This weekend, revelers will flock to downtown Bend to celebrate Independence Day. Whether they realize it or not, they will also be crossing an invisible line into the City's newly expanded civil exclusion zone, where an offense as minor as littering or underage drinking could get them 86'ed from the City's core by police—all without a trial.
At its June 17 meeting, the expansion of the civil exclusion zone—from public parks and Brooks Street to an area spanning from Greenwood Avenue along Harriman Street and Lava Road to Idaho Avenue—was approved by a 5-2 vote of City Council. As with the two prior votes, councilors Nathan Boddie and Barb Campbell dissented, while Mayor Jim Clinton expressed vague concerns about constitutional issues but still voted in favor.
Is there a need?
Ostensibly, the expansion of the civil exclusion zone seeks to reduce crime and increase safety in downtown Bend.
But materials submitted by Bend Police Chief Jim Porter to City Council show that the number of crime-related calls received for the exclusion zone has decreased over the last two years by close to 10 percent.
"Crime has gone down citywide, crime has gone down downtown," Campbell noted in her dissent at the council meeting. For example, in 2013 Bend Police received nearly one assault call per week. The following year, assault calls dropped to just 35.
Even so, a deeper analysis by Bend Police does find that, even within those lower numbers, there is still a higher concentration of crime in the downtown area; while only about 1 percent of the city lives there, close to 5 percent of the City's crime occurs in downtown.
Stewart Fritchman, who owns Bellatazza, a coffee shop at the mouth of the breezeway, says he's happy to hear the exclusion zone is being expanded, since he previously found himself at its outer edge.
"I've had unsavory moments [and] we didn't have any tools to have these not be repeat moments," Fritchman says. "Now we have these tools, and I'm very thankful for it. It's only excluding people who are causing problems."
While the activities causing him the most grief—loitering and panhandling—are not listed among the exclusion-qualifying infractions, he says that the expanded zone's net will still likely catch some of the most frequent offenders.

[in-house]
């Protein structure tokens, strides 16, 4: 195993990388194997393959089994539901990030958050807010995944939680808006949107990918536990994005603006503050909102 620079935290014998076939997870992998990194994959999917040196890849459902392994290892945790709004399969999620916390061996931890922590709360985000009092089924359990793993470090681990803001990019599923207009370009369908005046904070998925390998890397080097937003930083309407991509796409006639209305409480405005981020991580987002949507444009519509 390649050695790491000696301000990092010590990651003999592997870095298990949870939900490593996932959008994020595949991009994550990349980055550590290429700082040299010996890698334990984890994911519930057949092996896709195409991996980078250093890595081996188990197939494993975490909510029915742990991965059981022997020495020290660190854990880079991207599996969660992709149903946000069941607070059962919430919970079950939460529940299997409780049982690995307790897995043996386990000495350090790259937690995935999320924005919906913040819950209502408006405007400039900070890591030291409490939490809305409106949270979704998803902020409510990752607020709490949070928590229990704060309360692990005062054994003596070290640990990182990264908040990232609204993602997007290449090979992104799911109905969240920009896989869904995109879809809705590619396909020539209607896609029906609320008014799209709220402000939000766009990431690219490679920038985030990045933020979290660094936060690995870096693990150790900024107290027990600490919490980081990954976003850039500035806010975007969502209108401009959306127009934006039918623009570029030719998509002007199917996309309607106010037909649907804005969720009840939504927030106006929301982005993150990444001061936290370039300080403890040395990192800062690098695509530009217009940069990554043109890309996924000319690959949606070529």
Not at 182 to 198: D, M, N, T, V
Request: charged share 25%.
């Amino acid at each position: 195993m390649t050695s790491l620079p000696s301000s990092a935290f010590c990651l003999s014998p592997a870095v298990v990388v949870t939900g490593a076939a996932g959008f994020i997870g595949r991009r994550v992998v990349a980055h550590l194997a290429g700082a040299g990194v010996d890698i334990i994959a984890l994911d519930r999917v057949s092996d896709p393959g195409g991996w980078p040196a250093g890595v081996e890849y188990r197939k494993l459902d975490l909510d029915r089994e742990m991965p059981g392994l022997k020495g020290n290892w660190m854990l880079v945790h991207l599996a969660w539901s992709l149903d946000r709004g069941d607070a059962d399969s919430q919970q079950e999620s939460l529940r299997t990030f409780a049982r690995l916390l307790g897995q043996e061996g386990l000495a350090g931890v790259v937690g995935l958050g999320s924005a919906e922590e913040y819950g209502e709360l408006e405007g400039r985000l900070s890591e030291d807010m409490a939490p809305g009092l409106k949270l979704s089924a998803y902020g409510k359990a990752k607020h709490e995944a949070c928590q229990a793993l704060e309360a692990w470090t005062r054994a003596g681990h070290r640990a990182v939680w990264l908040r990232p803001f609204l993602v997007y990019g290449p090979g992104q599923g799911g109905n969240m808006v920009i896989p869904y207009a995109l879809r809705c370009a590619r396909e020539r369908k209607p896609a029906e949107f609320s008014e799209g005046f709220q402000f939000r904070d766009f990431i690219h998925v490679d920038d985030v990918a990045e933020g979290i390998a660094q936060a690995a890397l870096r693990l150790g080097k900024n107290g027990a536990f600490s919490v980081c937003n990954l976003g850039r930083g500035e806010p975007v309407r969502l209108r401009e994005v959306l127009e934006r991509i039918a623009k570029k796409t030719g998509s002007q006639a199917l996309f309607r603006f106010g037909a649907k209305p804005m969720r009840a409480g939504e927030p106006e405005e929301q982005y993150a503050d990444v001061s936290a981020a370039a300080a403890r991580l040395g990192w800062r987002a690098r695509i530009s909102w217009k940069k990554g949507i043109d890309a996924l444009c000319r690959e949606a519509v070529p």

"You could say that marijuana is a gateway drug to heroin addiction and overdose," Fritchman explains. "And while that's an extreme way to look at it, one small thing leads to a bigger and bigger [problem]."
According to Chuck Arnold, executive director of the Downtown Bend Business Association, none of the business or property owners he's talked to oppose the expansion of the civil exclusion. Rather, concerns from downtown businesses have helped drive it.
"That's why this came about," Arnold says. "Dozens of businesses approached us with concerns."
But in addition to Councilor Campbell, at least one downtown retailer doesn't agree: Dustin Hutchins, store manager for Piece of Mind, a glassware shop that is in the pre-existing exclusion zone, says he thinks the regular police patrols are sufficient and that he hasn't had any trouble with crime.
"It's a real double-edged sword," Hutchins says. "I do enjoy the constant patrols they have in our downtown area—and what I have seen as a semi-soft hand in terms of dealing with [loitering] downtown."
Will it work?
Bend isn't the first city to create a civil exclusion zone in an attempt to reduce crime. Portland and Eugene both had similar ordinances that sought to remove people cited for certain crimes from predetermined zones. But they didn't last.
Former Portland Mayor Tom Potter let that city's exclusion zone expire in 2007 over concerns that it was ineffective and disproportionally affecting African-American residents. He opted to focus on drug treatment instead of excluding drug users from certain parts of the city. Eugene let its exclusion zone expire in 2013.
Since 2013, Bend Police have issued exclusions to 38 people. None have appealed. Information provided by Bend Police indicates that every individual issued an exclusion in the last two years had a prior criminal record, ranging from possession of marijuana and littering near water to assault and arson.
Though the ordinance allows police to exclude anyone cited or arrested for one of the listed criminal offenses, or who commits one of the civil offenses twice in a 12-month period, Chief Jim Porter says officers take a wide range of factors into consideration before deciding to exclude someone.